0
$\begingroup$

Why does the speed of sound come, in the expression of Heat capacity, from phonon vibrations?

$\endgroup$
1
$\begingroup$

To be more precise, sound velocity appears in the Debye's expression for specific heat of a crystalline solid. The reason is that in Debye's theory the exact expression for the internal energy of the harmonic solid: $$ E = \int D(\omega)\frac{\hbar \omega}{e^{\beta \hbar \omega}-1} {\text d}\omega $$ where $\beta=1/k_BT$ and $D(\omega)$ is the phonon density of states, can be approximated, at sufficiently low temperatures, by using as density of states, the density of states of the acoustic branches only. Since the dispersion on an acoustic branch is given by $$ \omega({\bf k})= c_s^{(i)}\left| {\bf k} \right|, $$ where $c_s^{(i)}$is the sound speed in the direction identified by that acoustic branch, the resulting density of states depends on the speed of sound.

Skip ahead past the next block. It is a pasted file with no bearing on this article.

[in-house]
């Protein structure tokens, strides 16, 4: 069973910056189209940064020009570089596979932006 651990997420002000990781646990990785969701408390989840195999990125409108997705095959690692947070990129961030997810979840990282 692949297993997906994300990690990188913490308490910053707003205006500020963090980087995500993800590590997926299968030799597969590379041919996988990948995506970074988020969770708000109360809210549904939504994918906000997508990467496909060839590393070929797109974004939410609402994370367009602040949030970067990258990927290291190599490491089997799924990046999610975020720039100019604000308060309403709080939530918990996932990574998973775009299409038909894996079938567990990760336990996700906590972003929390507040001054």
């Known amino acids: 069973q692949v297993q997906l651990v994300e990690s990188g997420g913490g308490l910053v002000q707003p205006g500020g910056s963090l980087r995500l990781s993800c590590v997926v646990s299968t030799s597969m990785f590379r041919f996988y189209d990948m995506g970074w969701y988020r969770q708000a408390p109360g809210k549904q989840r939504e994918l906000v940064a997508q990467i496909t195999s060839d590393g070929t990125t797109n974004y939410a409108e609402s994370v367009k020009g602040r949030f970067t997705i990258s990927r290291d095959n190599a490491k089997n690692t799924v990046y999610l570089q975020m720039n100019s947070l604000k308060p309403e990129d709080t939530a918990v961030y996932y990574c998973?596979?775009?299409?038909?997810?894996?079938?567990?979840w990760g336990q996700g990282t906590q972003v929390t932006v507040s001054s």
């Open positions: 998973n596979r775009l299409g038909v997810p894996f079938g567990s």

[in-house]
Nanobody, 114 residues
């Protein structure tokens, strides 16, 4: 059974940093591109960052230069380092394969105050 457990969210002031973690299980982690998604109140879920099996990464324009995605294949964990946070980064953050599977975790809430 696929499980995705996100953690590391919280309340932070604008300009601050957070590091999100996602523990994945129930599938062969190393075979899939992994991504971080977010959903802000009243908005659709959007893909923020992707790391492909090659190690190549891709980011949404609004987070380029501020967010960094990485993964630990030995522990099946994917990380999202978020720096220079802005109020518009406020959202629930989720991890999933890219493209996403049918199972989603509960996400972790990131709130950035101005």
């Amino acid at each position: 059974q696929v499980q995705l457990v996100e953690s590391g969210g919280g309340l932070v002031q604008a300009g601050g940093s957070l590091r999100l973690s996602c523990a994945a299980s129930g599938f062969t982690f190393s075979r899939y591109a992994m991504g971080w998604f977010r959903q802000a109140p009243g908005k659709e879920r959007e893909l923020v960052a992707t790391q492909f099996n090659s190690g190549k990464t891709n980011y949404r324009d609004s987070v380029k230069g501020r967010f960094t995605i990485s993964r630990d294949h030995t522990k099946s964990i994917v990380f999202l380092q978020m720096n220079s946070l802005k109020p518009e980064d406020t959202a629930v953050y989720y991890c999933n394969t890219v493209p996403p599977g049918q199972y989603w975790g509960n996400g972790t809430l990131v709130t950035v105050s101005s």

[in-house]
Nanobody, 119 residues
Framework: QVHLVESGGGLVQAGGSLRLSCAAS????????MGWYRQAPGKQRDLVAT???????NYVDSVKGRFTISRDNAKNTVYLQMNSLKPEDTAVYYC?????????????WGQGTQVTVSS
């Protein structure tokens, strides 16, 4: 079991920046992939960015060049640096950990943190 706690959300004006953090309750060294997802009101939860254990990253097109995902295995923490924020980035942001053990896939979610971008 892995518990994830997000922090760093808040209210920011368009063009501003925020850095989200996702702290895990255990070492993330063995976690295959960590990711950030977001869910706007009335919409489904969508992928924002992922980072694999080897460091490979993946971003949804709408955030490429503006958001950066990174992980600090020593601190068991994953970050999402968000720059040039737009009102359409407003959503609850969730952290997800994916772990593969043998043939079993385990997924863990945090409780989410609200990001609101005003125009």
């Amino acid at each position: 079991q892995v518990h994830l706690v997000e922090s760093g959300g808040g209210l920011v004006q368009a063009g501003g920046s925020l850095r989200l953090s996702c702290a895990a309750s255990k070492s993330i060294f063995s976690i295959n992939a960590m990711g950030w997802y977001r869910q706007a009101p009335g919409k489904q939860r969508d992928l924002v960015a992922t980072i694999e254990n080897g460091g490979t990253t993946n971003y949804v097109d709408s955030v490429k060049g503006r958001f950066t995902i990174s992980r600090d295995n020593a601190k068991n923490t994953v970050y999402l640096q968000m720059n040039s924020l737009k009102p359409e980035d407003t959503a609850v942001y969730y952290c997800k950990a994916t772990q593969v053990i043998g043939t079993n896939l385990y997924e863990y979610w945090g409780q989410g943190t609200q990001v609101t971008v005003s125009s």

$\endgroup$

Your Answer

By clicking “Post Your Answer”, you agree to our terms of service, privacy policy and cookie policy

Not the answer you're looking for? Browse other questions tagged or ask your own question.